We all hate hero culture, but want to be heroes anyway. When there’s a problem in production that can be resolved with a “simple” tweak of the data, you get to be a hero. What’s not to like? Quite a bit.
We’ve all seen it, and let’s be honest, we’ve all done it. There’s a simple problem with a simple solution, and there’s just no point in running something so simple through the full normal process.
Allowing manual write access to production data is dangerous, and is terribly costly even when things don’t end in an obvious disaster.
Just like application code, anything that modifies data needs to be subject to proper version control, testing, and release processes.
Human Error Should Happen
There’s the obvious risk of human error. People make mistakes, especially under pressure. And let’s be realistic, there’s always pressure when you’re editing data hot in production. Quite frankly, it’s not fair to put people in high risk situations, whether they realize it or not. Shit happens, as they say, so why go looking for trouble? The sad reality is that most people in these situations see themselves as the savior rather than the victim. It’s no wonder this is such common practice.
It’s human nature to make mistakes. Don’t put people in positions where they can’t afford make human errors.
At the same time, innovation requires experimentation. Experimentation is at its best when it’s OK to make mistakes along the way. It’s hard to shift gears between being a risk-taking innovator and being an infallible hero. People cannot be excepted to do both well, and become risk averse even when they need not be. Nobody operates well at both extremes, and it’s innovation that suffers.
What Really Happened?
A few days later, there’s a new question about the data. Things don’t quite seem right, and the prior heroics are now in question. Did we fix the problem correctly, or did the problem return? What did we do last time this came up?
That ad hoc update wasn’t properly logged and neither were the results. Sometimes you’re lucky and the query got saved, but how sure are you that what got saved is exactly what was run? Malice aside, there’s a lot of ways to mix that up - saving the penultimate version of a script, not noticing the error that caused incomplete execution, or running a different script than you thought you did. When you can’t trust your artifacts, any further investigation is dead in it’s tracks and the mystery goes unsolved.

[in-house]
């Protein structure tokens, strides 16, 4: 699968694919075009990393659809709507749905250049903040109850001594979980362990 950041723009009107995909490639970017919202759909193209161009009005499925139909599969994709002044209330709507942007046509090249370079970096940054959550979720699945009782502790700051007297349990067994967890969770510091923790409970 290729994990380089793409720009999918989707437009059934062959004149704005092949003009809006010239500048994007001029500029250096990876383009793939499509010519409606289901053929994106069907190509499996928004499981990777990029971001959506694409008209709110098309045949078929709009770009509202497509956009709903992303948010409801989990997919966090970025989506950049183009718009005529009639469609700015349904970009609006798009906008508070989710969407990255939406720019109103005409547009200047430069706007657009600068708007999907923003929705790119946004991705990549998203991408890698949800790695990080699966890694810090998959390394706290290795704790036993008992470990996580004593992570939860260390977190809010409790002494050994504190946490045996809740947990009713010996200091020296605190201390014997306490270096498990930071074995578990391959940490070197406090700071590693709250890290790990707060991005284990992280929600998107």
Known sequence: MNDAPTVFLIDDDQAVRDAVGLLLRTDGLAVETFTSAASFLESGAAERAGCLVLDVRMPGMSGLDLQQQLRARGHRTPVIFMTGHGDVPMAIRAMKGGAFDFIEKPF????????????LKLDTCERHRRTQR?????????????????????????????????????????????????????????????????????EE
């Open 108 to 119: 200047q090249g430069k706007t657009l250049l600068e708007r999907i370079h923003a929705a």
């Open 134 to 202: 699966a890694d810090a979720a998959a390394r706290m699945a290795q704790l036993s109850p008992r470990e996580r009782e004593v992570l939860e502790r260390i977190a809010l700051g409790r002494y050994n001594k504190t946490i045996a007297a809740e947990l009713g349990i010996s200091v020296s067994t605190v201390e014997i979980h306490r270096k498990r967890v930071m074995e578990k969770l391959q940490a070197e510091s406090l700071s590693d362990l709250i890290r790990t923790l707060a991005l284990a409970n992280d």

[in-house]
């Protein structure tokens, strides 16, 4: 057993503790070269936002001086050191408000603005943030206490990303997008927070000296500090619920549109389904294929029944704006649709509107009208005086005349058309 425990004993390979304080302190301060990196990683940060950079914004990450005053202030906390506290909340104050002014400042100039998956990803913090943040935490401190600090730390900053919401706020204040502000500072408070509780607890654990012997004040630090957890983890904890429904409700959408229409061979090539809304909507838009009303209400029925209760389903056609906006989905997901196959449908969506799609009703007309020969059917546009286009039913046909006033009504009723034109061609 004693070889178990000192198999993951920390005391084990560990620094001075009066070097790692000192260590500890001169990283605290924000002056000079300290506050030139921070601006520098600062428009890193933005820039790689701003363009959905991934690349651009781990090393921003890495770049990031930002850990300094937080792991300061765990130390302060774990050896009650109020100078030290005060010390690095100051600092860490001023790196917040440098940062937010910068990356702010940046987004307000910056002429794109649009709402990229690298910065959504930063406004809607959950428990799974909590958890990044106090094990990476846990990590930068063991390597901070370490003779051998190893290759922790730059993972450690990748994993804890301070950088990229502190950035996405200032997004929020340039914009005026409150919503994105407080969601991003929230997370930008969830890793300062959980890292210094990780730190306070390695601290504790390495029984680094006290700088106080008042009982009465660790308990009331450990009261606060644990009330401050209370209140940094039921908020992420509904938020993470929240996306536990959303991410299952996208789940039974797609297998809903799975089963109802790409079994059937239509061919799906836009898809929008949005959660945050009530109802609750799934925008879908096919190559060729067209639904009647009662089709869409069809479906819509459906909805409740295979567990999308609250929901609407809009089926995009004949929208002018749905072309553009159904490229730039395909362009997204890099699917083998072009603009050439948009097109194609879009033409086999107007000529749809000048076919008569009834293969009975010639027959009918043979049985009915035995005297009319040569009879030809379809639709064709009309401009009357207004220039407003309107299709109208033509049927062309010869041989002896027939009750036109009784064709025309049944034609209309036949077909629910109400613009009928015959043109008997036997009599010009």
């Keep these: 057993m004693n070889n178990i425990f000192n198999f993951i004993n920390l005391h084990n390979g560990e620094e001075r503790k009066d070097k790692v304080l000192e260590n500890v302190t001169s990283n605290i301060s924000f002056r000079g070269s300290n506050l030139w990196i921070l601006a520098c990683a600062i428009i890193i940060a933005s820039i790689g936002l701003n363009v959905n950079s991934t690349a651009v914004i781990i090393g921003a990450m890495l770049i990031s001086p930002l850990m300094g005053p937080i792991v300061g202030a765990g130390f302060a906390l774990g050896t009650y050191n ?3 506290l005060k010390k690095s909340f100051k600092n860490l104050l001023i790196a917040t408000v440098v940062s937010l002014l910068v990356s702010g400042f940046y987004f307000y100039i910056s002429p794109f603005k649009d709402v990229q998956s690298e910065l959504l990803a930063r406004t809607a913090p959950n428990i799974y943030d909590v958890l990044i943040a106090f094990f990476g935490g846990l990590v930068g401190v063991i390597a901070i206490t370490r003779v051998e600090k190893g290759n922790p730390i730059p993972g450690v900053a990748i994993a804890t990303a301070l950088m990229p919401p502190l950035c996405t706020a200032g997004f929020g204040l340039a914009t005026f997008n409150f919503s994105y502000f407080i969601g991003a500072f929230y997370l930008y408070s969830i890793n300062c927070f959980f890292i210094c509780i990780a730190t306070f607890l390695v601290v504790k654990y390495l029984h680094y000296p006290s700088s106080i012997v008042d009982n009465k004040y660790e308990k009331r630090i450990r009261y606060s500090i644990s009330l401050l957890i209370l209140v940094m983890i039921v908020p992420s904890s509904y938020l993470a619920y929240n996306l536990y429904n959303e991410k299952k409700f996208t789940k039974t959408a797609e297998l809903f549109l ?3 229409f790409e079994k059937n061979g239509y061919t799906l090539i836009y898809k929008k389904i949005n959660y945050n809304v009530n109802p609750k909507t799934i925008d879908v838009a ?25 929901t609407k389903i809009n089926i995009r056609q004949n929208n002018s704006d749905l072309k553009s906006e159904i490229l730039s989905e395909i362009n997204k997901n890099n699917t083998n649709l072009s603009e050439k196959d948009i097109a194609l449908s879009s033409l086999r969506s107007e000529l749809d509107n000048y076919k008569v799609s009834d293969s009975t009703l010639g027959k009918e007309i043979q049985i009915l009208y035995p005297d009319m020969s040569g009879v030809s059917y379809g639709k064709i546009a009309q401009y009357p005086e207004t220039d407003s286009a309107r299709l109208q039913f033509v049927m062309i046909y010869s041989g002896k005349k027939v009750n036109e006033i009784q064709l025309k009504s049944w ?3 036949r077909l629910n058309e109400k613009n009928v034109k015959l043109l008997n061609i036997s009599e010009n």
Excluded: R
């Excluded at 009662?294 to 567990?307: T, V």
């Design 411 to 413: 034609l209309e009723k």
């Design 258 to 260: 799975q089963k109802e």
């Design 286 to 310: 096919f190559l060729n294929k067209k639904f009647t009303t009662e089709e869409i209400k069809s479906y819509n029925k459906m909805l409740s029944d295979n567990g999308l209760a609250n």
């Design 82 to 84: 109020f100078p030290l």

If you follow your release process and let your automation run the updates, you know exactly what operations were performed on your data, what the results were. Most importantly, you can trust the artifacts. Jenkins makes records you can trust.
Getting Wasted at Work
Time and money, that is, when you don’t follow proper release processes for data changes. Anyone who does this will, of course, argue the opposite. They don’t have time to follow release protocols and neither does the customer. Rationalization like this neglects the fact that most support work doesn’t need to happen, and shouldn’t be happening. Support problems are often quality issues by another name.
There are very few truly one-off support problems. Rather, there are a lot of repeating problems that keep showing up and require repeated resolution. As luck would have it, computers are good at doing repetitive work for us! We just have to tell them how. When support issues go straight from the help desk to an ad hoc data edit, you don’t create process artifacts that allow improvements to happen. You take away the opportunity to look for root causes and never collect the information needed to improve the product. You deny your customers the opportunity to not need to contact the help desk at all!
Resolving issues quickly is good customer service, but preventing the issue entirely is better. Having the hero fix things without a root cause analysis ensure the issue will recur. Which means repeating the cycle of risk and wasted time. The combination of wasted time and a broken feedback cycle depress product quality. Letting this cycle accumulate leads to a state of constant crisis, a stale product, and a slow death.
Automate your build, test, and deployment processes. Utilize a CI/CD server to further constrain and automate these processes.
Perhaps ironically, the problem processes that stand in the way of automation are themselves best kept in check by automation. Automation often forces the adoption of better practices. It leaves logs behind to allow post-mortem analysis so you can improve.
Add procedures and controls to discourage doing things the wrong way. Make circumventing the release process more painful than following it.
There may still be the occasional call for heroics, but with proper discipline it will decrease. When that happens, ensure all the details get logged before the heroics start, so that corrective action can be made. Quality will go up. Stress goes down. Customers take the help desk out of their speed dial. Life gets better.